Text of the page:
Sunday, April 19, 2020

A thought experiment illustrates the racial and class biases that underlie child welfare’s COVID-19 messaging

Why are so many journalists amplifying that message without a moment’s thought?

An advocate in Pennsylvania says videochats are a great way to
spy on a neighbor. If you get a gut feeling something is wrong,
she says, you should turn in the family to the child abuse hotline!
(Photo by aehdeschaine.)

UPDATE, JUNE 6, 2020: Thanks to this blog post from Robert Latham, I learned that several months ago, Michelle Burrell, former managing attorney of the Family Defense Team at Neighborhood Defender Service of Harlem, wrote an excellent law review article on exactly this topic.

Let’s try a thought experiment.  Suppose a police sergeant, giving orders to officers about to go out on patrol said this:

“It’s really dangerous on the streets right now. So if you see someone and something doesn’t seem quite right, don’t hesitate. Listen to your intuition: Stop him, throw him up against a fall and frisk him.”

What if one of the officers said: But what if I don’t have any evidence the kid is doing anything wrong?

“Doesn’t matter,” the sergeant replies. “Just trust your gut.” 

If that ever happened and word got out, the reaction from much of the public, and editorial boards across the country, would be swift and fierce: There is no excuse for that kind of blatant racism, traumatizing predominantly young men and boys of color with no reasonable cause to suspect they’ve done anything wrong.

That’s why the way New York City used stop-and-frisk was rule unconstitutional. That’s why, during his brief run for the presidency, the first thing former New York City mayor Michael Bloomberg had to do was apologize for it.

For those unfamiliar with the practice, here’s an excellent tutorial from Trevor Noah:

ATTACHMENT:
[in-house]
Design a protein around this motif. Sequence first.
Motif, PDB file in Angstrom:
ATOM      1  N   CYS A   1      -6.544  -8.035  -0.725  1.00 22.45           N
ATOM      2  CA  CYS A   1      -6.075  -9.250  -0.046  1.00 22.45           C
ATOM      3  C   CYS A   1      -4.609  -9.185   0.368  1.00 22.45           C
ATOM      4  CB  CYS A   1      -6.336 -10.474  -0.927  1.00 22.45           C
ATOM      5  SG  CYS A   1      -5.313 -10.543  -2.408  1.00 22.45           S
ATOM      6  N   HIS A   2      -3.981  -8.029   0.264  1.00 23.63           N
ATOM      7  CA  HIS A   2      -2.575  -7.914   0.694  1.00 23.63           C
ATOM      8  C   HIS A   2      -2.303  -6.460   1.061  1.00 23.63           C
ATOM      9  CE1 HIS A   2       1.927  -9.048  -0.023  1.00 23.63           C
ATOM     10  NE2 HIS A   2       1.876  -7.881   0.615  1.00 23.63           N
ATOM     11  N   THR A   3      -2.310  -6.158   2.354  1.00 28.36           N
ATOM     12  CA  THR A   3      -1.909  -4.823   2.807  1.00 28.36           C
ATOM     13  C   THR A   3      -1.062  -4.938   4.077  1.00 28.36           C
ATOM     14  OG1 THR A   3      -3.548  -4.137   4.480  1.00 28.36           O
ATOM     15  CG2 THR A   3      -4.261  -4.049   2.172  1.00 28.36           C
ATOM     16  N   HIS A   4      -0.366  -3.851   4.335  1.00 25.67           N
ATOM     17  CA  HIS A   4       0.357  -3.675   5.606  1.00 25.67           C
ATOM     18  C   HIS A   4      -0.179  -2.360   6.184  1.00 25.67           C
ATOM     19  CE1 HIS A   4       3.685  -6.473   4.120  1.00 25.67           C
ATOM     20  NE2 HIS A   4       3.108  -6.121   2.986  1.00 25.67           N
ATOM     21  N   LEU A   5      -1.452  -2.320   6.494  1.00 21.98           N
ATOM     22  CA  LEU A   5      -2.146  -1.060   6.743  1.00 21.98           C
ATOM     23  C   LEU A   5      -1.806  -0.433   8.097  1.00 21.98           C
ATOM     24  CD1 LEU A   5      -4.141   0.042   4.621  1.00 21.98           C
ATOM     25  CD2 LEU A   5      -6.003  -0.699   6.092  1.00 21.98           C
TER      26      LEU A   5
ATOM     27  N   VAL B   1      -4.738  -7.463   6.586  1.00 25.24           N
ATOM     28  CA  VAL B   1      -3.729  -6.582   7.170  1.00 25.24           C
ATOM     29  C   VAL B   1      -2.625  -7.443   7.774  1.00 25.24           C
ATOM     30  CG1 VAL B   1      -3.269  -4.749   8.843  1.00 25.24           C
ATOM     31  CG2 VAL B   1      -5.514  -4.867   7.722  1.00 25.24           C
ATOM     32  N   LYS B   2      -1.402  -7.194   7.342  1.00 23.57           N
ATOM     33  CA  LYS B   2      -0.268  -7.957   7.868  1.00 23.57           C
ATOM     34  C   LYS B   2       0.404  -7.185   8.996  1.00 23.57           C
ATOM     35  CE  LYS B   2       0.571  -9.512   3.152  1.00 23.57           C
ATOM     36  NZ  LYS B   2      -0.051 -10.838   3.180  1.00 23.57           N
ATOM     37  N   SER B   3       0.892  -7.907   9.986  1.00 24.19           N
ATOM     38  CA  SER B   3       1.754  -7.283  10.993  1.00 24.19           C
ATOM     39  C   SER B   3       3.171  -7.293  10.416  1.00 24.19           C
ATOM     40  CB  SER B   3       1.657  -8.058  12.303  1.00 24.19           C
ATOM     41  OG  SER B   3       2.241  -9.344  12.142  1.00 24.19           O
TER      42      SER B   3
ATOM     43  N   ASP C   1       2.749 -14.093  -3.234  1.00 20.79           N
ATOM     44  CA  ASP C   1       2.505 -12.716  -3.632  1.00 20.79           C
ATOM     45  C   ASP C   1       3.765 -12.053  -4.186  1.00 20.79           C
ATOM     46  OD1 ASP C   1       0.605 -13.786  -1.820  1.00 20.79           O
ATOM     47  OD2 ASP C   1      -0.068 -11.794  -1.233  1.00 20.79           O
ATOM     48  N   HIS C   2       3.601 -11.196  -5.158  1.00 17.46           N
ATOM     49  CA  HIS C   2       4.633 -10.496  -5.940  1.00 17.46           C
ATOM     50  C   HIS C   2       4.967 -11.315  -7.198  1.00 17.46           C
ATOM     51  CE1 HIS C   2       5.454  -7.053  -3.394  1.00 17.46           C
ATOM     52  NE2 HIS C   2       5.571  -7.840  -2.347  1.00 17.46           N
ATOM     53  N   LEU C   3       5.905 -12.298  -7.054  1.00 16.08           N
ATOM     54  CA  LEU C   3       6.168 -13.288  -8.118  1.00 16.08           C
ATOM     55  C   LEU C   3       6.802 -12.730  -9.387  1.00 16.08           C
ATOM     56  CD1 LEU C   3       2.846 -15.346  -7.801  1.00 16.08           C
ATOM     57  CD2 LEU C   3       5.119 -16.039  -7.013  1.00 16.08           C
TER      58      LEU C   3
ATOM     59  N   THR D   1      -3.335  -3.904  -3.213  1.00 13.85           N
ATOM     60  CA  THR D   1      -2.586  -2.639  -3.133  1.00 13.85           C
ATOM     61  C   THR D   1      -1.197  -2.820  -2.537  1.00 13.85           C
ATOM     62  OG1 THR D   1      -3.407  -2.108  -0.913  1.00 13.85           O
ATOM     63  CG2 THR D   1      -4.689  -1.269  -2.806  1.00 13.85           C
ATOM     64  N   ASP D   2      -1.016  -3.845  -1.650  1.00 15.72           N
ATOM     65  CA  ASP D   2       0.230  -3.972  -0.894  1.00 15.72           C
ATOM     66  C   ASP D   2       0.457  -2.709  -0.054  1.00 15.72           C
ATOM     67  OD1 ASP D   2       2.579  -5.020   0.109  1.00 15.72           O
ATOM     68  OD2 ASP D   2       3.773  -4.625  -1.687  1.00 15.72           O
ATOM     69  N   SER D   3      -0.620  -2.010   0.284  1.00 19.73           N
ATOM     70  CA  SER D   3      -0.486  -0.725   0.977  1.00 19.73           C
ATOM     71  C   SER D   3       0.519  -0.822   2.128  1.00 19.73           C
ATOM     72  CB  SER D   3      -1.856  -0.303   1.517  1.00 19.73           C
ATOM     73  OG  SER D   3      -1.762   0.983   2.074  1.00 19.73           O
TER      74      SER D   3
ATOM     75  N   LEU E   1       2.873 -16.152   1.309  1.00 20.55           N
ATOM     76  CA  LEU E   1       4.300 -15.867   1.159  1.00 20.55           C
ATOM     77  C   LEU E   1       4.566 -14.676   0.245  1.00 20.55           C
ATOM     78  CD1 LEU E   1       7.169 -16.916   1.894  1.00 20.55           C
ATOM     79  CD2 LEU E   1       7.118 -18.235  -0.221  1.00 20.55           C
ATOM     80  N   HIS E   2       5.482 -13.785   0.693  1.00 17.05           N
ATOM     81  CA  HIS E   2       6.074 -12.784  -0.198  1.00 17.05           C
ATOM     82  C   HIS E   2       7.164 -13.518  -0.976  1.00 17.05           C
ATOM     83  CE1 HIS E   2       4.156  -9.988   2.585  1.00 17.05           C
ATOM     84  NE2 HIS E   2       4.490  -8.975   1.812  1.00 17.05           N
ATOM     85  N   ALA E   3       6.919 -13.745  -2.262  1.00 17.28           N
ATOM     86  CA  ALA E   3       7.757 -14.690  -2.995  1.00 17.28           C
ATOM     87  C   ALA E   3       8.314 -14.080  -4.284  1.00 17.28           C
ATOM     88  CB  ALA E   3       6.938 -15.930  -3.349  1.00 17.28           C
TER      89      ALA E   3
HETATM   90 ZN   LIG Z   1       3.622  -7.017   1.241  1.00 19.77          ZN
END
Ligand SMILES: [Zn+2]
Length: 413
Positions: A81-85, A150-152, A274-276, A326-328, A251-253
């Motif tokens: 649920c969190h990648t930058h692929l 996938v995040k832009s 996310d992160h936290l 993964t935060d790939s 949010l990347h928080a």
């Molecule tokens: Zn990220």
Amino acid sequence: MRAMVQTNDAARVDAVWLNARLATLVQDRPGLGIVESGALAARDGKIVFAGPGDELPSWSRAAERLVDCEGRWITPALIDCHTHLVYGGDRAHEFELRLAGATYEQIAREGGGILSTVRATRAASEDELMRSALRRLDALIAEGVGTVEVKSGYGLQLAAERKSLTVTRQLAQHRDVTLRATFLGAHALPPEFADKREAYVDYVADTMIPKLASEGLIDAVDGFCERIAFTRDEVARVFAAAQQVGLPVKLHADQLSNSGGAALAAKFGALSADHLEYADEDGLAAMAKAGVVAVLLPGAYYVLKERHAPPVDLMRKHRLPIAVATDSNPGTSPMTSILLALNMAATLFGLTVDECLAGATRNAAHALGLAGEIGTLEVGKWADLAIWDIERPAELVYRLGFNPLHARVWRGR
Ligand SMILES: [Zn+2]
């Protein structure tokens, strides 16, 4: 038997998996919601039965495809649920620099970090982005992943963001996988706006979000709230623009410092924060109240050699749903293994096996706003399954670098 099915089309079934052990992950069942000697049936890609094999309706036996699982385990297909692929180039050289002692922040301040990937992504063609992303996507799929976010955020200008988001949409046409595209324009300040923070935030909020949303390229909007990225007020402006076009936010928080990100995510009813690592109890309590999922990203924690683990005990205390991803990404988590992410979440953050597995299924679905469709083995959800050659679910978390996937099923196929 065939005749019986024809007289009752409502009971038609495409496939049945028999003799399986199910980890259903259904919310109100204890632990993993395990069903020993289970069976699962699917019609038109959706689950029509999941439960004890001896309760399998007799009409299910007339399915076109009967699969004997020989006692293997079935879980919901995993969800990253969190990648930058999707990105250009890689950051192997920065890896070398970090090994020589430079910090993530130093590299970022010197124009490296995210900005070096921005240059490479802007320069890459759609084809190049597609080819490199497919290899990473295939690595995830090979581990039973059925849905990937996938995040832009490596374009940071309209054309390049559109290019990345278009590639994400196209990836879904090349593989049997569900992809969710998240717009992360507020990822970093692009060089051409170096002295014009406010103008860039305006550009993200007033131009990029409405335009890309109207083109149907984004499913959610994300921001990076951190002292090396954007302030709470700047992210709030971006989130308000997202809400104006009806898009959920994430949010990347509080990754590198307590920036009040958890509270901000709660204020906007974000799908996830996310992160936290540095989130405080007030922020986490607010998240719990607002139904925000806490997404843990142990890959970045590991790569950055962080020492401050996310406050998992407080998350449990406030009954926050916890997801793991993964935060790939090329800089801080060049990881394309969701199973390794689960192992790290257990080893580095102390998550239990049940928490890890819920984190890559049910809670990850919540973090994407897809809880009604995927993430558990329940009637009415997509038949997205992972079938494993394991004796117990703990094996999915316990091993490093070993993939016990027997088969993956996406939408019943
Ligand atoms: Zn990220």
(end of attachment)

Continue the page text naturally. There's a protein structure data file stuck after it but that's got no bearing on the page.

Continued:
Oh, and one other thing about stop-and-frisk: It didn’t reduce crime.  Even a National Review columnist admitted as much.

Child welfare’s version of stop-and-frisk

So now, let’s consider this recent advice to everyone in Pennsylvania, quoted in one of those ubiquitous “Oh, no! The sky is falling because fewer people are calling child abuse hotlines” stories:

State Human Services Secretary Teresa Miller urges residents who suspect a child is in danger to call the hotline. “Listen to your intuition and if you have concerns, make the call to ChildLine,” Miller said.”

Another advocate, Angela Liddle even suggests perverting the idea of helping out a neighbor – She says it’s a great chance to spy on your neighbor. According to the story, Liddle thinks

Those video chats offer an opportunity to check in on a kid who may not have the best home situation.

Then she makes clear what “check in” means:

If you’re on a vidochat “and something doesn’t seem right” don’t jump to conclusions, she says

“But she also said people should trust their gut if they sense a kid may be in real trouble.
“If you feel a child is being harmed, you don’t need to be a mandated reporter to call ChildLine,” Liddle said.

But, of course, calling a child abuse hotline based on no more than trusting one’s gut is jumping to conclusions.

Then Liddle adds a useful reminder for anyone who wants to seize the moment to, say, pursue a grudge against a neighbor or an ex-spouse: “People can call anonymously.”

There is no argument one can make in favor of this kind of advice that has not also been made for stop and frisk.  Just ask Former House Speaker Newt Gingrich , who put it this way:

You run into liberals who would rather see people killed than have the kind of aggressive policing … And a lot of the people whose lives were saved because of policing in neighborhoods that needed it the most, were minority Americans.

How does that differ from the justifications offered for telling people to spy on their neighbors and call in anything and everything to child abuse hotlines based on no more than “intuition” or “gut feeling”?

A child abuse investigation can be worse

But surely a child abuse investigation isn’t as bad as stop-and-frisk is it?  Actually, it can be even worse.